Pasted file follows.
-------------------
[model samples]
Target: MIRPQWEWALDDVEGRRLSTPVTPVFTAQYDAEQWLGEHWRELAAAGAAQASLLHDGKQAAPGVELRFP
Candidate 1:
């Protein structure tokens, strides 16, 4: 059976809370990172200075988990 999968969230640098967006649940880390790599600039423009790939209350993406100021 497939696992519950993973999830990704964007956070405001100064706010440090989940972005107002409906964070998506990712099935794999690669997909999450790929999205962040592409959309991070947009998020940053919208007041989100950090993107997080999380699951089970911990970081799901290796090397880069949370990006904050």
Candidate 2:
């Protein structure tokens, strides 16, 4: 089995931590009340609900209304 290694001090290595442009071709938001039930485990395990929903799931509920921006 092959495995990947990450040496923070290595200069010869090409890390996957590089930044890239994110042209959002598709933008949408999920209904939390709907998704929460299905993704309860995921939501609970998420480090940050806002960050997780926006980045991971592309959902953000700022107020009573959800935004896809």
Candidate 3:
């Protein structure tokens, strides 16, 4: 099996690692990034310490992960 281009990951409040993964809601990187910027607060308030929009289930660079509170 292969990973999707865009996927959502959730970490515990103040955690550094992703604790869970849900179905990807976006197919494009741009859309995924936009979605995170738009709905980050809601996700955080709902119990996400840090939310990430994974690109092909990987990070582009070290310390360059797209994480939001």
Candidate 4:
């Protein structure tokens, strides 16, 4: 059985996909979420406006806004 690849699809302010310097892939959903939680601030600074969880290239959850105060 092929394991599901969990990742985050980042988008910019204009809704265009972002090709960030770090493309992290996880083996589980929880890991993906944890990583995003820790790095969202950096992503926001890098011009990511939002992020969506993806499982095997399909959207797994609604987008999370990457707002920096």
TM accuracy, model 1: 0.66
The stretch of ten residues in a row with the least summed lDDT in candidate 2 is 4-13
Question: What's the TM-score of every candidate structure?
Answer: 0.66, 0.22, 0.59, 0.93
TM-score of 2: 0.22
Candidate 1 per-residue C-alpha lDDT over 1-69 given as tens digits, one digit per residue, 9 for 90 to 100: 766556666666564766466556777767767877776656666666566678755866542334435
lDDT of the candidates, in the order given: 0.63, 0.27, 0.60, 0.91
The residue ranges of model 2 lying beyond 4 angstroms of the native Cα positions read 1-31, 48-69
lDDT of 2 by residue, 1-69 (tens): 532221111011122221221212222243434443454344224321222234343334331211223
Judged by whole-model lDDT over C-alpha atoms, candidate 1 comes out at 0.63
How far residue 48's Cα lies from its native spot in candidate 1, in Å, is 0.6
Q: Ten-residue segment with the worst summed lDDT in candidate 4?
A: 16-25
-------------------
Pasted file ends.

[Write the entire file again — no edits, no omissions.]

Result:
[model samples]
Target: MIRPQWEWALDDVEGRRLSTPVTPVFTAQYDAEQWLGEHWRELAAAGAAQASLLHDGKQAAPGVELRFP
Candidate 1:
């Protein structure tokens, strides 16, 4: 059976809370990172200075988990 999968969230640098967006649940880390790599600039423009790939209350993406100021 497939696992519950993973999830990704964007956070405001100064706010440090989940972005107002409906964070998506990712099935794999690669997909999450790929999205962040592409959309991070947009998020940053919208007041989100950090993107997080999380699951089970911990970081799901290796090397880069949370990006904050």
Candidate 2:
């Protein structure tokens, strides 16, 4: 089995931590009340609900209304 290694001090290595442009071709938001039930485990395990929903799931509920921006 092959495995990947990450040496923070290595200069010869090409890390996957590089930044890239994110042209959002598709933008949408999920209904939390709907998704929460299905993704309860995921939501609970998420480090940050806002960050997780926006980045991971592309959902953000700022107020009573959800935004896809």
Candidate 3:
């Protein structure tokens, strides 16, 4: 099996690692990034310490992960 281009990951409040993964809601990187910027607060308030929009289930660079509170 292969990973999707865009996927959502959730970490515990103040955690550094992703604790869970849900179905990807976006197919494009741009859309995924936009979605995170738009709905980050809601996700955080709902119990996400840090939310990430994974690109092909990987990070582009070290310390360059797209994480939001």
Candidate 4:
């Protein structure tokens, strides 16, 4: 059985996909979420406006806004 690849699809302010310097892939959903939680601030600074969880290239959850105060 092929394991599901969990990742985050980042988008910019204009809704265009972002090709960030770090493309992290996880083996589980929880890991993906944890990583995003820790790095969202950096992503926001890098011009990511939002992020969506993806499982095997399909959207797994609604987008999370990457707002920096």
TM accuracy, model 1: 0.66
The stretch of ten residues in a row with the least summed lDDT in candidate 2 is 4-13
Question: What's the TM-score of every candidate structure?
Answer: 0.66, 0.22, 0.59, 0.93
TM-score of 2: 0.22
Candidate 1 per-residue C-alpha lDDT over 1-69 given as tens digits, one digit per residue, 9 for 90 to 100: 766556666666564766466556777767767877776656666666566678755866542334435
lDDT of the candidates, in the order given: 0.63, 0.27, 0.60, 0.91
The residue ranges of model 2 lying beyond 4 angstroms of the native Cα positions read 1-31, 48-69
lDDT of 2 by residue, 1-69 (tens): 532221111011122221221212222243434443454344224321222234343334331211223
Judged by whole-model lDDT over C-alpha atoms, candidate 1 comes out at 0.63
How far residue 48's Cα lies from its native spot in candidate 1, in Å, is 0.6
Q: Ten-residue segment with the worst summed lDDT in candidate 4?
A: 16-25